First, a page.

BRUSSELS 18 June 2019. Today, the European Commission published its analysis and country-specific recommendations for the EU Member States on their draft National Energy and Climate Plans (NECPs). Largely confirming findings by LIFE PlanUp, the Commission urges governments to strengthen their plans in order to bridge the gap between the EU climate targets and what the Member States are putting forward.
The “ambition gap” concerns the deployment of renewable energy sources and energy efficiency measures in particular. Consequently, the recommendations call on several Member States to reconsider their level of ambition to ensure that this gap is closed by the time they submit their final national energy and climate plans (NECPs) in December.
Looking specifically at the buildings, agricultural and transport sectors, PlanUp recently analysed the draft energy and climate plans of five EU countries – Poland, Romania, Hungary, Italy and Spain. The analyses found a lack of concrete climate measures in the transport, agricultural and buildings sectors as well as insufficient public participation processes.
Commenting on the Commission recommendations on behalf of PlanUp, Agnese Ruggiero, Policy Officer at Carbon Market Watch said:
“These recommendations confirm our findings that showed a clear ambition gap and a lack of concrete action by national governments. The recent EU elections made it clear that Europeans want their governments to take decisive action to deal with the climate crisis. National climate plans are a unique opportunity to do so while attracting clean investments that will create jobs.”
Transport, buildings and agriculture – key sectors to achieve deep emission cuts
Transport is responsible for around a quarter of greenhouse gas emissions in the EU and the largest sector under the Effort Sharing Regulation (ESR). The Commission urges governments to put this sector at the centre of their energy and climate plans and to include more concrete and detailed measures.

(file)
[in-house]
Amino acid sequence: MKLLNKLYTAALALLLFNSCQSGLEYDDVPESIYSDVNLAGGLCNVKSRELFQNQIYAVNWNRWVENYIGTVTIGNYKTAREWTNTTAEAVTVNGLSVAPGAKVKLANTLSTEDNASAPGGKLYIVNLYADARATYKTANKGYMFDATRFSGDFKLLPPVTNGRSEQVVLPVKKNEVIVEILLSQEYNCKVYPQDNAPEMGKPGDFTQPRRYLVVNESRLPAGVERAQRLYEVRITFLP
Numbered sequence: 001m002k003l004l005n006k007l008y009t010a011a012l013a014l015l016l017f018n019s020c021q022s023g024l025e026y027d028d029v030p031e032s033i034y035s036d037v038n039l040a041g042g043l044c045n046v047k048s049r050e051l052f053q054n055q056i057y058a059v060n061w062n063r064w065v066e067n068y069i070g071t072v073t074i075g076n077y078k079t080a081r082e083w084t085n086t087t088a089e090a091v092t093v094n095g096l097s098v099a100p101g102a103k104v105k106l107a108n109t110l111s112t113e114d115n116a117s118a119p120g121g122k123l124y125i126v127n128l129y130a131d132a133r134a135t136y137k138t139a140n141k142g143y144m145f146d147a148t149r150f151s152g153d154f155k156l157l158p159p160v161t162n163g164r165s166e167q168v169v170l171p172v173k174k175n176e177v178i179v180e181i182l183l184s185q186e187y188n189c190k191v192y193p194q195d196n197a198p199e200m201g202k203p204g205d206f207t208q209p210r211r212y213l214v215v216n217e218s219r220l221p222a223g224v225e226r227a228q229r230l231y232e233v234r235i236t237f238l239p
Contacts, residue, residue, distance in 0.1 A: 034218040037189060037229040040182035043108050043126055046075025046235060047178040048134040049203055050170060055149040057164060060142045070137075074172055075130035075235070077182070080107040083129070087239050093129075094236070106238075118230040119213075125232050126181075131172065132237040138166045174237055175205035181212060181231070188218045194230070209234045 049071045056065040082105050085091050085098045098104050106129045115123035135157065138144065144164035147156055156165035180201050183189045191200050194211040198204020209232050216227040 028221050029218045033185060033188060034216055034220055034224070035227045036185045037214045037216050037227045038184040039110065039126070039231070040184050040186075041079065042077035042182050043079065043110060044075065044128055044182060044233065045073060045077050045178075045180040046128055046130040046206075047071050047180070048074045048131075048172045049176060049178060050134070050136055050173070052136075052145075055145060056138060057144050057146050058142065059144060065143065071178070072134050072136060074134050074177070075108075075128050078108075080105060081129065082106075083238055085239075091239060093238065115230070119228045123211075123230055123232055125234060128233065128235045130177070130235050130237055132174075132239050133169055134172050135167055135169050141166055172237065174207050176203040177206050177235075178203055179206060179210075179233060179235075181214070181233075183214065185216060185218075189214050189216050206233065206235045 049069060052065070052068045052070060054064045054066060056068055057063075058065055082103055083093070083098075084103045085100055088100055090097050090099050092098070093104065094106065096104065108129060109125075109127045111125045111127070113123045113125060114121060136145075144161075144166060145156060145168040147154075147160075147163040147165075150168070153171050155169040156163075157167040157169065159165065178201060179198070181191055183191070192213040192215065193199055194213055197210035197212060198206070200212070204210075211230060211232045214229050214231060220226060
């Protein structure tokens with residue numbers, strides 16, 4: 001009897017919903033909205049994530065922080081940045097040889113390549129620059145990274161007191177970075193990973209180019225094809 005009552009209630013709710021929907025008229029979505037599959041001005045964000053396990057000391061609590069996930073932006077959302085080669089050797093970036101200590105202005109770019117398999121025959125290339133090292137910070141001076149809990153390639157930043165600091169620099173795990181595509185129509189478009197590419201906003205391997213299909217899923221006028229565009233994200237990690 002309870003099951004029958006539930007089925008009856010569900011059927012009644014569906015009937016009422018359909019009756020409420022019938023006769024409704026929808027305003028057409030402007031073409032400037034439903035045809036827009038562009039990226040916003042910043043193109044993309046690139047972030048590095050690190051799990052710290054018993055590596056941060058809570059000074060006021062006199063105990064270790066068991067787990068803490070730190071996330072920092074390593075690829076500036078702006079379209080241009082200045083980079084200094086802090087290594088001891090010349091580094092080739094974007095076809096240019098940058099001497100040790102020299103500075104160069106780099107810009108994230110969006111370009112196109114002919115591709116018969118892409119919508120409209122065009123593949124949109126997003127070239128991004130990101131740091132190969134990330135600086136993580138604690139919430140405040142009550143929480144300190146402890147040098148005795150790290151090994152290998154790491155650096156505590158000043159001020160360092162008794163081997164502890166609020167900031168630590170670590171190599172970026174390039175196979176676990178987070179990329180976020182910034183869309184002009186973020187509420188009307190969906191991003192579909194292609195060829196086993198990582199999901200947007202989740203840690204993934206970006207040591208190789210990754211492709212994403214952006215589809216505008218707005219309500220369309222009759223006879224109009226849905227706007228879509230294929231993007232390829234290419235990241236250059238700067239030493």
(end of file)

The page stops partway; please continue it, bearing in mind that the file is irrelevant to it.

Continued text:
The European buildings sector is responsible for 40% of energy consumption and around 15% of greenhouse gas emissions. It needs to play a key role in helping the EU achieve its energy efficiency and renewable energy targets.
As the Commission rightly points out, more effort is required to achieve energy efficiency improvements in buildings. This would not only cut emissions but would also reduce energy bills for households, and increase employment in the buildings sector.
The agricultural sector receives relatively little attention in the Commission recommendations, although it is a major source of greenhouse gas emissions and has vast potential for emission reductions.
More substantive policies and quantified expected results will make it easier for the Member States to achieve their climate goals and track their progress in all these sectors.
“Lack of details and concrete measures is a cross-cutting issue when it comes to the transport, buildings and agricultural sectors in the draft plans. Effective measures in these sectors will also bring tangible co-benefits such as clean air and better health.”
Strong policies will require strong public support
While only touching the topic briefly in the recommendations, the Commission urges governments to effectively involve stakeholders, including local and regional authorities and civil society organisations in the development of the final plans.
Agnese Ruggiero concluded:
“While we welcome the recommendation to involve stakeholders in the development of the final plans, the Commission doesn’t give public participation the attention it deserves. Transparency and inclusive dialogue are fundamental in order to ensure public support for climate policies.”
The EU Member States have until the end of the year to submit their final energy and climate plans for the 2021-2030 period.
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